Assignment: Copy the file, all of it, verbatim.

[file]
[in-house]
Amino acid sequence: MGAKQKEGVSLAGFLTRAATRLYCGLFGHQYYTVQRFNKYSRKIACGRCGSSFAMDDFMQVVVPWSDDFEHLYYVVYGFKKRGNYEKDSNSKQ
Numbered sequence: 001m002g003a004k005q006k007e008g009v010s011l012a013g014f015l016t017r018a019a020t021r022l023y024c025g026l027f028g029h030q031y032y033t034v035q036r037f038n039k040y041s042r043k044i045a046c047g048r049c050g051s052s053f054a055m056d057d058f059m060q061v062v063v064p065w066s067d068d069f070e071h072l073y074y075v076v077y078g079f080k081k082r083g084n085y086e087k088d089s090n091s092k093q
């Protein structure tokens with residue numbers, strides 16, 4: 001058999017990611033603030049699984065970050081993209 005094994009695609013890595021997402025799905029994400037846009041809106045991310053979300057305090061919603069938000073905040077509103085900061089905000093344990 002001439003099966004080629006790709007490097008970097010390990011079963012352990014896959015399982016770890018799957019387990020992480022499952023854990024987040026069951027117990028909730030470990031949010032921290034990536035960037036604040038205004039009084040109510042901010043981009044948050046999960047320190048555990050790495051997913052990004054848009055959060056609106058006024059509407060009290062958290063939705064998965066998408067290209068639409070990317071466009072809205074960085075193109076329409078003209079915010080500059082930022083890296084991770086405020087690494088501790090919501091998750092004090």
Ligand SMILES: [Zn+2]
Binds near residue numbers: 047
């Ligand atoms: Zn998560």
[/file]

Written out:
[in-house]
Amino acid sequence: MGAKQKEGVSLAGFLTRAATRLYCGLFGHQYYTVQRFNKYSRKIACGRCGSSFAMDDFMQVVVPWSDDFEHLYYVVYGFKKRGNYEKDSNSKQ
Numbered sequence: 001m002g003a004k005q006k007e008g009v010s011l012a013g014f015l016t017r018a019a020t021r022l023y024c025g026l027f028g029h030q031y032y033t034v035q036r037f038n039k040y041s042r043k044i045a046c047g048r049c050g051s052s053f054a055m056d057d058f059m060q061v062v063v064p065w066s067d068d069f070e071h072l073y074y075v076v077y078g079f080k081k082r083g084n085y086e087k088d089s090n091s092k093q
């Protein structure tokens with residue numbers, strides 16, 4: 001058999017990611033603030049699984065970050081993209 005094994009695609013890595021997402025799905029994400037846009041809106045991310053979300057305090061919603069938000073905040077509103085900061089905000093344990 002001439003099966004080629006790709007490097008970097010390990011079963012352990014896959015399982016770890018799957019387990020992480022499952023854990024987040026069951027117990028909730030470990031949010032921290034990536035960037036604040038205004039009084040109510042901010043981009044948050046999960047320190048555990050790495051997913052990004054848009055959060056609106058006024059509407060009290062958290063939705064998965066998408067290209068639409070990317071466009072809205074960085075193109076329409078003209079915010080500059082930022083890296084991770086405020087690494088501790090919501091998750092004090």
Ligand SMILES: [Zn+2]
Binds near residue numbers: 047
């Ligand atoms: Zn998560």